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Chain Rule Variation

  1. Jun 14, 2013 #1
    I have a composite function f(g(x,y)).

    When is it true that ∂f/∂g = (∂f/∂x)(∂x/∂g) + (∂f/∂y)(∂y/∂g)?

    Does g have to be invertible with respect to x and y for this to be true?
     
  2. jcsd
  3. Jun 14, 2013 #2

    Mark44

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    What you have on the right side doesn't make sense to me. You are treating g as if it were a variable rather than a function.

    ∂x/∂g is the partial of x with respect to g.
    Let's get some variables in here by assuming that z = g(x, y), and that x = h(t), y = k(t).

    So f is a function of t alone, so it makes sense to talk about df/dt.

    df/dt = ∂g/∂x * dx/dt + ∂g/∂y * dy/dt

    df/dt exists and is defined provided that all of the other derivatives exist and are defined. IOW, provided that ∂g/∂x and ∂g/∂y exist and are defined, and that h and k are differentiable functions of t.

    Note that dx/dt = h'(t) and dy/dt = k'(t).
     
  4. Jun 14, 2013 #3
    Hey Mark, thanks for the reply.

    It seems that what you are describing with the f(t) example is simply a normal chain rule. I already know that for f(x(t),y(t)) it is true that ∂f/∂t = (∂f/∂x)(∂x/∂t) + (∂f/∂y)(∂y/∂t).

    However, I am more interested in the "other way around". In the one-variable case, I mean to ask whether it is okay to say that for f(g(x)), ∂f/∂g = (∂f/∂x)(∂x/∂g).

    I'm afraid I don't understand your objection about differentiating with respect to a function. I know that taking ∂f/∂g is okay. Are you saying that ∂x/∂g is undefined? I believe I have seen similar usages in many physics problems, where ∂x/∂g is simply taken to be 1/(∂g/∂x). In this case, the change in x given a change in g, holding all other dependences of both x and g fixed, seems to be well defined. For example, if g=2x, then it's true that ∂g/∂x=2. Similarly, x=g/2 and ∂x/∂g= 1/2.

    EDIT: I just realized that the equation I wrote for the one-variable case is valid if and only if g(x) can be inverted to obtain an equation for x(g). But I'm still confused about the validity of the original problem I posed, where g(x,y) is a function of two variables. My question remains the same. Does the multivariable "inverse chain rule" hold?
     
    Last edited: Jun 14, 2013
  5. Jun 14, 2013 #4

    Fredrik

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    ∂f/∂g is not defined...unless you just mean f'.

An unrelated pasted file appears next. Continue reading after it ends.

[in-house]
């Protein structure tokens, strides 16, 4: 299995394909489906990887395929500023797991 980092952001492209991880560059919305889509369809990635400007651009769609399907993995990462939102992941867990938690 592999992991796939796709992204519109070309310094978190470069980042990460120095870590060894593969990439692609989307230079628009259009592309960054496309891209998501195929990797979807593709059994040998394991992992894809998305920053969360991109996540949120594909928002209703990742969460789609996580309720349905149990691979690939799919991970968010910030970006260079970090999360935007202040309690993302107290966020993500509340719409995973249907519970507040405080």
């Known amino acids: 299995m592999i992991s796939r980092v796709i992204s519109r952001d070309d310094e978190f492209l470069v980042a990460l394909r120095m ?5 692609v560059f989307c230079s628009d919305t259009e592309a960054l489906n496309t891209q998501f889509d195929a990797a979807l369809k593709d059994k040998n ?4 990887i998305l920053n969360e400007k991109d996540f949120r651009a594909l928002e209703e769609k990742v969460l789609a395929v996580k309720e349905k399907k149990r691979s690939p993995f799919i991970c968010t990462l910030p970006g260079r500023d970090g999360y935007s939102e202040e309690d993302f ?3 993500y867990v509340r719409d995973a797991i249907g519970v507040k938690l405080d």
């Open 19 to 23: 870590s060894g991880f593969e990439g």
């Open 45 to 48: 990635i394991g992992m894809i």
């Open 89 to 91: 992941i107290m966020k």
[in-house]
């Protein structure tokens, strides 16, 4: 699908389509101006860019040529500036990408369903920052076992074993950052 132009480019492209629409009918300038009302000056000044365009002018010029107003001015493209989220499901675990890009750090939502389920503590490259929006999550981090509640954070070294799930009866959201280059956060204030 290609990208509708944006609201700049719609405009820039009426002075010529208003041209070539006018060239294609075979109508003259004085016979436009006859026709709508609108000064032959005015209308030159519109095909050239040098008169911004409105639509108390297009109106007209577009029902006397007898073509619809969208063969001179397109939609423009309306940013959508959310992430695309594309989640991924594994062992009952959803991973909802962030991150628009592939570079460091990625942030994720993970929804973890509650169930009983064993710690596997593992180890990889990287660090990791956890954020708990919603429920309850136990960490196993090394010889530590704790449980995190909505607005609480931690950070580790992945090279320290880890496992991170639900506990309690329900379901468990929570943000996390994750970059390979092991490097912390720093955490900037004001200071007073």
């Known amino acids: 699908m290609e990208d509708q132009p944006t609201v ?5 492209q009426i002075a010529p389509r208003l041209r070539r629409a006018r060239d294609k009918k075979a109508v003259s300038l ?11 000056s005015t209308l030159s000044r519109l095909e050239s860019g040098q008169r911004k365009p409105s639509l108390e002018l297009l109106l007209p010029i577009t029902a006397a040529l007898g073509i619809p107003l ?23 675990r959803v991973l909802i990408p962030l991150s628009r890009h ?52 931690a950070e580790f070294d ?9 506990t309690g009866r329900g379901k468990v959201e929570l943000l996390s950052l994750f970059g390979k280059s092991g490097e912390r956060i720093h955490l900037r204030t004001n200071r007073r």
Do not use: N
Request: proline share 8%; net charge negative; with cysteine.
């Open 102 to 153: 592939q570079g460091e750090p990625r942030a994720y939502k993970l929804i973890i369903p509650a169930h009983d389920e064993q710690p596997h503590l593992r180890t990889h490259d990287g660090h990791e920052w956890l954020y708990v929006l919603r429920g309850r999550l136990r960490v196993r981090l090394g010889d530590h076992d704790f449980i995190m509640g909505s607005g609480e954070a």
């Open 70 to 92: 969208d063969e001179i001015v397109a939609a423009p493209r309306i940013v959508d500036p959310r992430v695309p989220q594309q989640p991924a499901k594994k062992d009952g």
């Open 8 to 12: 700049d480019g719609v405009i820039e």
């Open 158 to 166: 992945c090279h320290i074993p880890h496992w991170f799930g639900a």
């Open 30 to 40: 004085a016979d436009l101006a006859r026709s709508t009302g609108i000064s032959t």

You have probably seen notations like
    $$\frac{d}{dx}f(g(x),h(x)) =\frac{\partial f}{\partial g}\frac{\partial g}{\partial x} +\frac{\partial f}{\partial h}\frac{\partial h}{\partial x},$$ but here ##\partial f/\partial g## just means ##D_1 f##, i.e. the first partial derivative of f. It's written with a g in the denominator because we are evaluating the function that's the result of the partial derivative operation at (g(x),h(x)), and that makes it possible to think of g(x) as the "first variable".

    I think it's a very misleading notation, since the operation of "taking the first partial derivative of f" is something that doesn't involve g in any way.
     
    Last edited: Jun 14, 2013
  6. Jun 14, 2013 #5
    Can you explain that, Fredrik? Why is ∂f/∂g not defined?

    If f=g^2, where g=3x, is it not the case that ∂f/∂g=2g=6x?

    EDIT: I'm confused, because in the normal chain rule, where ∂f/∂x=(∂f/∂g)(∂g/∂x), we see the term ∂f/∂g. Is it well-defined in this usage?
     
    Last edited: Jun 14, 2013
  7. Jun 14, 2013 #6

    Fredrik

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    I explained a bit more in an edit that that I was still typing when you posted that.

    If g is defined by ##g(x)=3x## for all x, and f is defined by ##f(x)=x^2## for all x. Then the chain rule tells us that ##(f\circ g)'(x)=f'(g(x))g'(x)=2g(x)\cdot 3 =18x## for all x.

    This specific problem can also be done without using the chain rule.

    ##f(x)=g(x)^2=(3x)^2=9x^2\Rightarrow f'(x)=18x.##

    The chain rule ##(f\circ g)'(x)=f'(g(x))g'(x)## is often written as
    $$\frac{df}{dx}=\frac{df}{dg}\frac{dg}{dx}.$$ This is a notation that I find very misleading, for the reasons mentioned in my edit of my previous post. The notation df/dg makes it look like g is somehow involved in the process of taking the derivative of f.
     
  8. Jun 14, 2013 #7

    Mark44

    Staff: Mentor

    Let's lose the ∂ notation, since the functions are single-variable here.

    df/dg = 2g
    dg/dx = 3x

    df/dx = df/dg * dg/dx = 2g * 3x = 6x * 3x = 18x2
     
  9. Jun 14, 2013 #8

    Fredrik

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    The notation f(g(x,y)) strongly suggests that ##f:\mathbb R\to\mathbb R##. So if I see the notation df/dg, or worse, ∂f/∂g, I can only interpret it as f'.

    But I couldn't even do that when I read your post, because you wrote things like ∂x/∂g on the right-hand side. This seems to rule out that we're talking about f', since a computation of f' doesn't involve any functions other than f.
     
  10. Jun 14, 2013 #9
    Ok, thanks a lot guys, your explanations really helped. I see now that since ∂f/∂g is only used as a tool in evaluating the chain rule for a variable, it has no significance on its own. Thus, it really makes no sense to try and find an expression for it! Once again, thanks!
     
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